“Come again some other day.”  I remember looking out the window singing that lyric as a child when a summer thunderstorm kept me from playing outside. But personally I have never had to hope and pray like countless desperate folks in gulf coast Texas right now, facing more than an afternoon of inclement weather.

Before this weekend, what I usually thought of when I heard the name “Harvey” was the 1950 comedy-drama film based on a play of the same name.  Starring Jimmy Stewart as socially dysfunctional Elwood P. Dowd, the satire cleverly exposes the questionable sanity of a man whose best friend is a six-foot, three-and-a-half-inch tall invisible rabbit he calls Harvey. But from now on, Harvey will be recalled in my mind as a disturbing expression of Mother Nature’s uglier side. Powerful. Unstoppable. Destructive. A killer.

Watching news broadcasts from on scene and the Weather Channel’s live coverage is difficult. I’m sitting at my kitchen table eating lunch while thousands of people just like me are in dire peril. They are parents with small children, wading in water waist-deep. Handicapped, young and old. Children carrying small pets. But most, having lost or abandoned everything they own, carry nothing. Even from outer space, Harvey’s portrait looks monstrous. An impressive swirling cataclysm. But somehow it feels about as far away from me as it probably looks from the International Space Station snapping still shots of it some 250 miles below. And I feel dang helpless.

I think the newscasters might run out of adjectives to describe the situation if this storm continues through the week as predicted with even more rain. I’ve already heard “apocalyptic,” “epic,” and “of Biblical proportions” more than several times. Why not just call it Harvey the Monster?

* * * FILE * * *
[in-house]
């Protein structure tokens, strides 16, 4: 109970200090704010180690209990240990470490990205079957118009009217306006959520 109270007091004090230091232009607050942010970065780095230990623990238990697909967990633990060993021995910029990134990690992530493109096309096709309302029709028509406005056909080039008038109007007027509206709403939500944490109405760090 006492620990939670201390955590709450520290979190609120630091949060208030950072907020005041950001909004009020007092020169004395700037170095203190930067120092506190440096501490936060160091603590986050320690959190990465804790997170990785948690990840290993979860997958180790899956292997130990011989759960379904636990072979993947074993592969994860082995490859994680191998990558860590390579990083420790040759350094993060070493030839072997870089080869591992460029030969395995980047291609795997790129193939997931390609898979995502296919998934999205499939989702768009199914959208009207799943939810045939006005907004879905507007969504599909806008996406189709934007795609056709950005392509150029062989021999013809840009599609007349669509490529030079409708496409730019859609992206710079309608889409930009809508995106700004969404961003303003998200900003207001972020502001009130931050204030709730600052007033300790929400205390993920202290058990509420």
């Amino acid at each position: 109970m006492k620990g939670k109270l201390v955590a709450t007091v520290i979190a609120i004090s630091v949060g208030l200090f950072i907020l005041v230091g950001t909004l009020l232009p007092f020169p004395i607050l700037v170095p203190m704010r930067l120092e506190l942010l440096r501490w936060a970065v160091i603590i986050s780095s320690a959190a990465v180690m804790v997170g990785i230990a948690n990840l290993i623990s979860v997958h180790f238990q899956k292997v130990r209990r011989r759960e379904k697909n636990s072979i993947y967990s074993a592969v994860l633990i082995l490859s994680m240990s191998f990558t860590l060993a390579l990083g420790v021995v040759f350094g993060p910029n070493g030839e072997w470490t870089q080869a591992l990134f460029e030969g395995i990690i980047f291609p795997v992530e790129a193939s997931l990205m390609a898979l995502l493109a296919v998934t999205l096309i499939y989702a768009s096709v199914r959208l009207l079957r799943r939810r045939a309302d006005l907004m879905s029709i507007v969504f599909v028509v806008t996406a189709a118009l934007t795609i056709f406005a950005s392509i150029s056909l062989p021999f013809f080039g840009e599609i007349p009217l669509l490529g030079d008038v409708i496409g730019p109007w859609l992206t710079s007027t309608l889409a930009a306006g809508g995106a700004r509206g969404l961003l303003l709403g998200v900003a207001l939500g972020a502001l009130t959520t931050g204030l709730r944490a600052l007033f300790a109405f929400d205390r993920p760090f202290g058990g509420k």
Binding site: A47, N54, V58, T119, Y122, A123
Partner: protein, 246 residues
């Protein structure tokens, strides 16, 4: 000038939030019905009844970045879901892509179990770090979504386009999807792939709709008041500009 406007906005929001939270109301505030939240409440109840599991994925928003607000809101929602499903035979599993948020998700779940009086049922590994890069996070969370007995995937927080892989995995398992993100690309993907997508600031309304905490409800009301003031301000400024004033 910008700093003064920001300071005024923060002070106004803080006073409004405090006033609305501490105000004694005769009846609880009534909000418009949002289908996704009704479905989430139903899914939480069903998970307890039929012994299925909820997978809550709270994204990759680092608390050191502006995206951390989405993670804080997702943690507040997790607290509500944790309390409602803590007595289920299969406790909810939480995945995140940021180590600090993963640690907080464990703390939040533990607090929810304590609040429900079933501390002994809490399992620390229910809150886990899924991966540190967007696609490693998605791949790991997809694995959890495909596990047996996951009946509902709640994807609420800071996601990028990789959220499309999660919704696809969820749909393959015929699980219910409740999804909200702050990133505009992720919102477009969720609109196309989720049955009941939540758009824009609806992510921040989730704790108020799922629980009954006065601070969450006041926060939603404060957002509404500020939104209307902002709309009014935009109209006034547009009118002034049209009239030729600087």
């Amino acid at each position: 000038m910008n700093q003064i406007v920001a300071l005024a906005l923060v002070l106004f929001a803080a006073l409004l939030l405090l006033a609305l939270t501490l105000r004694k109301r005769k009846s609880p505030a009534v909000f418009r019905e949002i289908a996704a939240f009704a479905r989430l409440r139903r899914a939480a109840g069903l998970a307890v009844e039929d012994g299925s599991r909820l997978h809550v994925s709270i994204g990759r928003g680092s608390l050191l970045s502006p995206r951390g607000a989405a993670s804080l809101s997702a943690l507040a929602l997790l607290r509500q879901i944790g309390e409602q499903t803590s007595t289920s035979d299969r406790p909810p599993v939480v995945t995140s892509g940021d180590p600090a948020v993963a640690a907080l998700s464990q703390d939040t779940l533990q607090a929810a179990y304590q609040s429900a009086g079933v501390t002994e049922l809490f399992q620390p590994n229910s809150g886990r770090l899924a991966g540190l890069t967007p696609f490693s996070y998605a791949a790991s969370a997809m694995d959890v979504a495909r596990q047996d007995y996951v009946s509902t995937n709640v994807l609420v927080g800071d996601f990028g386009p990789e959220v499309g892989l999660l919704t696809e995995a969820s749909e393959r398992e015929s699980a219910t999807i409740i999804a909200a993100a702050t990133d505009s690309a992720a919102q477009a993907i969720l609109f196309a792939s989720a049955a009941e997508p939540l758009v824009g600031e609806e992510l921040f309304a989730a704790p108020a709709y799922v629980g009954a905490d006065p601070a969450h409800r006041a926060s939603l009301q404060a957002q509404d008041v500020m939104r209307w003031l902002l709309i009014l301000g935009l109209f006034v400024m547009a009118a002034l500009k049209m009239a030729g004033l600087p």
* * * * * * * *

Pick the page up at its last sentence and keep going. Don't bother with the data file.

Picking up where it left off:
This past week we’ve seen both the incredible beauty of a total solar eclipse, with crowds of onlookers gasping and applauding as a brilliant shard of diamond-like light broke out of the dark orb above, and we’ve seen tiny rain drops fall out of the same sky to accumulate in depths now counted by feet instead of inches. Both events will go into the history books. We are all part of that history, some days safe and happy. Others, not so much. When the moon got out of the sun’s way last Monday, people folded up their lawn chairs and eclipse viewing glasses and went home. But for thousands of Texans, there will be no going back home from Harvey.

I’ve seen some heart piercing photography from the flooded streets in Houston and the surrounding towns under water. I’m sharing one special shot here with you because it shows that when everything is lost, what remains is always the best, the best of each of us — love in the arms of a loved one. Even Harvey can’t take that away. So wherever you are tonight, especially if you can enjoy the blessing of a dry bed, a hot meal and clean water, grab your family, hug tightly someone you love, and don’t let go.

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